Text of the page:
by Robert Hoban
FORBES (December 27, 2020).- This month, I visited Mexico City in an effort to bolster momentum toward the passage of the groundbreaking Senate bill concerning cannabis legalization in the United Mexican States.
In November, the Senate cannabis bill was passed and moved to the lower chamber, the Mexican Chamber of Deputies (Cámara de Diputados), akin to the U.S. House of Representatives. The Chamber of Deputies has to consider the legislation and take action before the end of April 2021, a deadline recently extended by the Mexican Supreme Court.
There’s a rule about how many times changes may be accepted and/or rejected and/or proposed before conclusive legislation can be enacted. This is further compounded by midterm elections in Mexico that will take place in the summer of 2021.
This Spring many legislators, particularly in the lower house which is made up of 500 legislators, will be shifting their focus to campaigning in their jurisdictions. If the cannabis bill isn’t finalized by the end of the first quarter or early second quarter, it may not move forward at all in 2021.
Currently, the Chamber of Deputies is examining the language, terms, conditions, and scope of the comprehensive bill passed by the Senate. This includes language relating to the export of “psychoactive” cannabis flower above the THC threshold of 1% and “non-psychoactive” cáñamo or industrial hemp. The legislation also addresses the indigenous populations and putting a policy and plan into action so that local farmers can participate in this emerging global industry.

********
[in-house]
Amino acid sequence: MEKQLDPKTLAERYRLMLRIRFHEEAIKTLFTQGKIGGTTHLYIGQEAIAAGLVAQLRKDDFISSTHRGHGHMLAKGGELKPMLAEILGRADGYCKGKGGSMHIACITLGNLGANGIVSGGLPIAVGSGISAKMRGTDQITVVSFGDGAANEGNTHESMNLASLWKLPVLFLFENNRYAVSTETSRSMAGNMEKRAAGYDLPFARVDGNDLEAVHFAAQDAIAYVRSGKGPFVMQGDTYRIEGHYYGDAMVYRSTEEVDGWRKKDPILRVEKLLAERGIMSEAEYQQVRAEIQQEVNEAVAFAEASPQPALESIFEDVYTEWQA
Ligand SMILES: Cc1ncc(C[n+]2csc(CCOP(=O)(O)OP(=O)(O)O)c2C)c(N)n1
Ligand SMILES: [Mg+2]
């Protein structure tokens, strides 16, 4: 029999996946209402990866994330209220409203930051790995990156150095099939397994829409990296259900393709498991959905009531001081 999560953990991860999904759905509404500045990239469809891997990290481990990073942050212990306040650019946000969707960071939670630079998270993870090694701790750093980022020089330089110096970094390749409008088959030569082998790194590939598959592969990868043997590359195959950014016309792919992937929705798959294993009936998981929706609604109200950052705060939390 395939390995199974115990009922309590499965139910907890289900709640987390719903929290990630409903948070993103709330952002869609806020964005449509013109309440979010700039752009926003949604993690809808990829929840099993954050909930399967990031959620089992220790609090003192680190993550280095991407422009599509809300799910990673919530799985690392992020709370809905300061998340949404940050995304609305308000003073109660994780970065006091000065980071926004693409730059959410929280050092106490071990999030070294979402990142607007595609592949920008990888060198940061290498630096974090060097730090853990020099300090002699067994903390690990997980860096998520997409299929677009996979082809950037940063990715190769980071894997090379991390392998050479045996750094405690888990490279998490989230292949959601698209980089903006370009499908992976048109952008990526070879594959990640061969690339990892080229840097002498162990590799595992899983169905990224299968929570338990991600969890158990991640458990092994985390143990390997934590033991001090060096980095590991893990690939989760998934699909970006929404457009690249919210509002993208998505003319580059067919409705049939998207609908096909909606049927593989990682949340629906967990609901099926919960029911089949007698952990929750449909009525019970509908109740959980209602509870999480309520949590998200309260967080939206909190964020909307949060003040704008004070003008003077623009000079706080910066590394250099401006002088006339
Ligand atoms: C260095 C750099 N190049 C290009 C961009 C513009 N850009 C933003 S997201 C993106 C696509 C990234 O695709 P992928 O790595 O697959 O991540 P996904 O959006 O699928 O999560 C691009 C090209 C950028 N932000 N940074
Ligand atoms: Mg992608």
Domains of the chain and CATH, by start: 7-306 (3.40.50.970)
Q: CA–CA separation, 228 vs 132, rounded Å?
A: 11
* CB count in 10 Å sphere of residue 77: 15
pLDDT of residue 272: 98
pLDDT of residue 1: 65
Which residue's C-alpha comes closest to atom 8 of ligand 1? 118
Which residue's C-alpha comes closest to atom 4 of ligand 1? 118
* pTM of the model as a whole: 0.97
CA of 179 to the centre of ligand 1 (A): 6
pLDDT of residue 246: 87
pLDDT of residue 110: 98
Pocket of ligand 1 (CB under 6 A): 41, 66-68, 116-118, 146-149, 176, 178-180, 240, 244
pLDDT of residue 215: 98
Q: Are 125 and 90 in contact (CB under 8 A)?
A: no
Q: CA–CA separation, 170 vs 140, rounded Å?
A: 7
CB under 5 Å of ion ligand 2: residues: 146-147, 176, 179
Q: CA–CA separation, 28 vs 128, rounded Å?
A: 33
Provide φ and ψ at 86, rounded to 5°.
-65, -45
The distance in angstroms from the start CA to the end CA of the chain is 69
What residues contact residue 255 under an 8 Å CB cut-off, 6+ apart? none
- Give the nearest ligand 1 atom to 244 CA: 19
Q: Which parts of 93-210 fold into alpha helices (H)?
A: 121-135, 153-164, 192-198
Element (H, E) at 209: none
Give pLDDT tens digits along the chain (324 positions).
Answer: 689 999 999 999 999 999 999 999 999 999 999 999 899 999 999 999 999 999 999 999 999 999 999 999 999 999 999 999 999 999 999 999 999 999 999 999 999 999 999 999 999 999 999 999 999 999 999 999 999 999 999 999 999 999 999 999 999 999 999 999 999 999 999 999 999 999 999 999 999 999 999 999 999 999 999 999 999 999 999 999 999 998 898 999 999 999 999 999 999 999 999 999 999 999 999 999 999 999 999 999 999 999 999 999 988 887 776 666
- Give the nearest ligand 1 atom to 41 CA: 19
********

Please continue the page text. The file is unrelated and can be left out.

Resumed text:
Based on my meetings with those in the Chamber of Deputies, they’ve been paying close attention to developments in the Mexican Senate. They’re examining a number of issues the Senate independently studied over the last year, including the impact of cannabis legalization on society, children and teenagers, taxation, ownership, and control related issues, and trends from a public health standpoint. Partner of CAAM legal and Hoban Law Group International Attorney, Luis Armendáriz remarks, “It’s important that the Chamber of Deputies does not let the momentum gained with the Senate approval fade away. We’re crossing our fingers that the consensus reached to approve the bill last November will continue and a positive vote is issued before midterm elections, when legislators or political parties may start thinking about any political cost of legalizing the plant.”
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